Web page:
“I’ve never seen myself before on a big screen,” comments Turco. “In fact, I was saying to somebody, T hope that I get to see it at some point,’ because I don’t want to show up at the premiere and be sitting there, going, ‘Oh, my God! I’m huge up there!’ You know, that’s a strange feeling. I went to a film last week, and I sat there, and suddenly it hit me! I went. ‘Wow! Like, that’s, that’s real big up there. I’m a little scared about all this.’ And when I went to do the looping, I was a little shocked at first, but you get used to it.”
One person she most credits with helping her acclimate herself to her new working environment is her co-star David (Star Trek V) Warner, who here plays the inventor of the secretive ooze. “I loved him! He was working with me on one of the first days I worked, so I was really learning how everything worked, even down to simple things, and he was real helpful. He was right there, very giving. It’s hard to give specifics. It was just an overall feeling of the way he deals with this medium, being able to keep it alive. I wish I had had the opportunity to have more scenes with him and to really work with him – and maybe someday I will! But he’s a great guy. He’s really a neat person. People are going to love him. He was great as the professor.”
On the other hand, although she has nothing but admiration for their creators, the Turtle suits proved troublesome.
“The actors were great, and they helped me out as much as they could, but there was only so much we could do because it’s so technical,” notes Turco. “One of the things that was very difficult about it was when a line was spoken, the puppeteer spoke at the same time as the actor in the Turtle costume, and when the actor inside said his line, it was extremely muffled because all I heard was machinery moving the faces. It was definitely a challenge. There were a couple of times after we had been working all day where I would stand there and think, ‘Where’s my puppeteer? Could somebody please move my face?’ ” She laughs. “It was kind of strange to go back to working with humans. Very different.”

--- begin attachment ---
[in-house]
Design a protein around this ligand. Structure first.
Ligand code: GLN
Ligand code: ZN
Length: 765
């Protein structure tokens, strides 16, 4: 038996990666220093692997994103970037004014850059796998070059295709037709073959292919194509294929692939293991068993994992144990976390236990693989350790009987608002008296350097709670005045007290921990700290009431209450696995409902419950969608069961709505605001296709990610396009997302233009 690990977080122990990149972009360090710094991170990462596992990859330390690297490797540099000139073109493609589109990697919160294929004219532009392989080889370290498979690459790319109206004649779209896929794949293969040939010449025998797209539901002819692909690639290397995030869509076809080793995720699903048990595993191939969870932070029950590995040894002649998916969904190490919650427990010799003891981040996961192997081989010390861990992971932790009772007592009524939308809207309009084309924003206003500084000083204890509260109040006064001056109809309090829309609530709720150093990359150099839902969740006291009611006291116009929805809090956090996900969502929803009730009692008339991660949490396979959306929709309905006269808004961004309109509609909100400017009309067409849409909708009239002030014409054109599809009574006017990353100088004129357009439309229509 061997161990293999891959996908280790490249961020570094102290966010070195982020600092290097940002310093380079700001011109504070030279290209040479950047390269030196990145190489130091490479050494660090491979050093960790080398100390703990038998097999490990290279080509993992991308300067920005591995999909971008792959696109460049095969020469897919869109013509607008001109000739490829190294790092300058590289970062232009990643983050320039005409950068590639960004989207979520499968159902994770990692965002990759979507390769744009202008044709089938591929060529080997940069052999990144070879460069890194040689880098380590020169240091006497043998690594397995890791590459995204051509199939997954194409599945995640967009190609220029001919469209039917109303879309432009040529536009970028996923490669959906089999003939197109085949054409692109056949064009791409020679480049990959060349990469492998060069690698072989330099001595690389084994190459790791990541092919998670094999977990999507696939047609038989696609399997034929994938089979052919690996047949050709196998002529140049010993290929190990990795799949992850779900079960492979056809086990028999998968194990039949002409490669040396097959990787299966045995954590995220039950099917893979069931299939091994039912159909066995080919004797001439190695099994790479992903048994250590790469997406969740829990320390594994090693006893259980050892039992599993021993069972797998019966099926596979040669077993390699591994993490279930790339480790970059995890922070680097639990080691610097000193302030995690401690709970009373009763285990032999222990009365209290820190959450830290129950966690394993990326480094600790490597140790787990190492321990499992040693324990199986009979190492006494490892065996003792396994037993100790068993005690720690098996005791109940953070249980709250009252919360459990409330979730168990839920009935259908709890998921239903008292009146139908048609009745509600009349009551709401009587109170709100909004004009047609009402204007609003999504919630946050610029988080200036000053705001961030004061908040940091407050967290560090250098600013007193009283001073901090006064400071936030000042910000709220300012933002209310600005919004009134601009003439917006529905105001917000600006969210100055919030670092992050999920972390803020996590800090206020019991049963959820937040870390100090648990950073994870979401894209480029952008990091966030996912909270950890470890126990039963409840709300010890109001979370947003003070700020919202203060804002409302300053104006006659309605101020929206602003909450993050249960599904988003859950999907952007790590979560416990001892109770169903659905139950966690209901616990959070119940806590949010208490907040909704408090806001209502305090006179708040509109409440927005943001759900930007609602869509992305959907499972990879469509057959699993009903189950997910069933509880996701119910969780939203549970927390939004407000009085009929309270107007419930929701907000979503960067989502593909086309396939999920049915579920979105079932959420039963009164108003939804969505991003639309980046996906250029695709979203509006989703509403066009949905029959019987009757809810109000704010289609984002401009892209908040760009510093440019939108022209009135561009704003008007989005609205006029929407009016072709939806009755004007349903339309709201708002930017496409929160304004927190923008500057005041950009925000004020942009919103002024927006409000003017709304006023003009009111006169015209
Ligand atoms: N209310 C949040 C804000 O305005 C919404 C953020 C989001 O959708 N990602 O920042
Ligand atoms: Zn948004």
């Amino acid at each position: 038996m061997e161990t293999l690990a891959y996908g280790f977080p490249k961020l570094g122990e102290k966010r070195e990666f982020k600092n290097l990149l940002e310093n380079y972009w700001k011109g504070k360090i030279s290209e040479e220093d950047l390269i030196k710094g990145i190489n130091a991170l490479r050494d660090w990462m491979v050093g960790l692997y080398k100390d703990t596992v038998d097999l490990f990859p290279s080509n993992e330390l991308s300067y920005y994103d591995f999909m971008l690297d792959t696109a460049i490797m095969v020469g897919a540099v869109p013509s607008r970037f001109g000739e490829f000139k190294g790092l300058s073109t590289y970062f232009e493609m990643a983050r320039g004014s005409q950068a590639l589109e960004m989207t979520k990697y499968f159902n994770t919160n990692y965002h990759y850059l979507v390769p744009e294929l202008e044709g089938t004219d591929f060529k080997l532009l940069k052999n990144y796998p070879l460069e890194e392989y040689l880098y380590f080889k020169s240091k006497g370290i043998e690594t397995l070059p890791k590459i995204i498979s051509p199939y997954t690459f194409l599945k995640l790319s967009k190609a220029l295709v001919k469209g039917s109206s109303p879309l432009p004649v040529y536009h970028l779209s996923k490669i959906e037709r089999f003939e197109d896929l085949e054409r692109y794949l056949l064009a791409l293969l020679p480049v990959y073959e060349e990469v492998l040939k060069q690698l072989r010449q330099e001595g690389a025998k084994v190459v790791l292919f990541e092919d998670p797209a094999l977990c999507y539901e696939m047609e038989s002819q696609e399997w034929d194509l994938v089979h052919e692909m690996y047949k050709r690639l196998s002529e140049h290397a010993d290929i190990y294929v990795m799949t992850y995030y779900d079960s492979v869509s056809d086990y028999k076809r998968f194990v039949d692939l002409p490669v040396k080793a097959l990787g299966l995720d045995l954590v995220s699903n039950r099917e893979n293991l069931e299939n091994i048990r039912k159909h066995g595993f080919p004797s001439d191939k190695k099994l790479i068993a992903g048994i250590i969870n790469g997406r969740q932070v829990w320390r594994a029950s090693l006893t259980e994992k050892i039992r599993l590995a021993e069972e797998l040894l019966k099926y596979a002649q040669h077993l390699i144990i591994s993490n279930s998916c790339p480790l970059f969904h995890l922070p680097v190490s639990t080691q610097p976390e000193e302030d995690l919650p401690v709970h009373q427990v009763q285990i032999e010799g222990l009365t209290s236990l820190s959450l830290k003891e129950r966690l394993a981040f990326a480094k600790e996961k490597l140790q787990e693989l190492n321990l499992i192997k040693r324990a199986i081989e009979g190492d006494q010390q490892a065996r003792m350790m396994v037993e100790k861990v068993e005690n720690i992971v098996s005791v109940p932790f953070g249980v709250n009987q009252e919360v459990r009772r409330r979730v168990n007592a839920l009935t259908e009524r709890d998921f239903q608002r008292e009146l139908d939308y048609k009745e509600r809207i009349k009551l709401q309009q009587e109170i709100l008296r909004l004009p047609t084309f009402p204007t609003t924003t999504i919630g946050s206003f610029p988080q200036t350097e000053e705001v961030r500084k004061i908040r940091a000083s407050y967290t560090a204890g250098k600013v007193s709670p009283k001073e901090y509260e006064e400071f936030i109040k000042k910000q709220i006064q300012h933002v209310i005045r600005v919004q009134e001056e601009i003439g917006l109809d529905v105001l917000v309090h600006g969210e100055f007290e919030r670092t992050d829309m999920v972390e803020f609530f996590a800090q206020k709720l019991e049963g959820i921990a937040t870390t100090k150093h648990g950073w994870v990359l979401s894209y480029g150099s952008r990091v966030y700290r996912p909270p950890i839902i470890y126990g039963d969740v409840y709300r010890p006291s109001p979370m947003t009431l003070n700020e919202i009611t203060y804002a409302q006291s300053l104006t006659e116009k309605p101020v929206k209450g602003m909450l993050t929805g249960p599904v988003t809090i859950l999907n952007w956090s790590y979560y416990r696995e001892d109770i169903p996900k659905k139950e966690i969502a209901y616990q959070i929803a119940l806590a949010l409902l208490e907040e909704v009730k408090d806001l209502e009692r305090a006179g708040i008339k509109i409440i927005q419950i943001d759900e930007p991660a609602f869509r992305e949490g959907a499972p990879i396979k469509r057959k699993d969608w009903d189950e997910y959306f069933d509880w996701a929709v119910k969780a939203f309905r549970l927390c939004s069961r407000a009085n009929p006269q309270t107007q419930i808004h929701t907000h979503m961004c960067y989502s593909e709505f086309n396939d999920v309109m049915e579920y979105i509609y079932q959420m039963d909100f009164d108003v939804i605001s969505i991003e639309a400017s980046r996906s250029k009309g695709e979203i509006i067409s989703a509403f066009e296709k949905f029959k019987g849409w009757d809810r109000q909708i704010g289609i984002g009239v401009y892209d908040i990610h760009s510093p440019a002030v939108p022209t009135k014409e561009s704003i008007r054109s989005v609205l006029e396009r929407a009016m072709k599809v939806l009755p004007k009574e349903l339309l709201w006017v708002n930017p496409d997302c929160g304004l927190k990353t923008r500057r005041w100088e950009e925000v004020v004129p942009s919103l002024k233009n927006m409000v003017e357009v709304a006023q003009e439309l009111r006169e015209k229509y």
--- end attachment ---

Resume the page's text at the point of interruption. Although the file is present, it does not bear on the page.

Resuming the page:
Yet as problematic as an outfit could be under normal circumstances, the actress comments, “it had to break down sometimes. So, every once in a while, one of the Turtles’ faces would freak out. I mean, it would make really funny faces out of control. Or one of the guys in the suits would go, ‘It’s not happening.’ Like, it just wouldn’t move. You would hear somebody talking, but the face wouldn’t be responding to you.” And if that wasn’t enough, she recalls with a laugh, “I tripped quite a bit. The Turtles had marks that were elevated off the floor because they couldn’t see them. You know, they saw out of little slits. So. I tripped a lot.”
However, there was one occasion when it wasn’t one of the actors’ marks that caught her underfoot. “A part of it was cut from the film, but there was a scene where I had to cross over to grab a purse very, very quickly in my house and one of the Turtles is hiding. And I was so damned determined to get that pocketbook, I went to jump over the Turtle, not thinking there’s this huge shell on his back with a bo, and got stuck. I was sitting on the Turtle’s back in the middle of this scene and started to laugh.”
“There was something funny that happened off set. I got stuck in an elevator. Actually, that wasn’t very funny. What happened was the power went out during the hurricane. I was finally found after an hour, and the guy that found me – his dog found me actually – said to me when I was in there, ‘You’re working on that Turtle movie, aren’t you?’ And I said, ‘Yeah.’ He said, ‘Well, where are they now? Aren’t they supposed to save you?’ And I was sitting there, thinking, ‘All right. I know that was meant to be funny, but I’m not in the mood.'”
Joke or not, April’s having a reputation solely as a damsel in distress isn’t something Turco would like to see the character keep. “I’m actually contracted to do the third film,” she reveals. “I don’t think they know for sure what they’re going to do, but one of the things that I would love to do would be to get into the martial arts of it all and maybe get into more of the action sequences. That would be fun. I haven’t seen it, but from what I understand, in the cartoon, April runs around with a gun, the suit, and does a lot of the stuff with them. That wasn’t the case with the film. I would have loved to, because I am athletic.” However, Paige Turco remarks, “I think I could pass on the yellow jumpsuit.”
STARLOG MAGAZINE – May 1991 – Daniel Dickholtz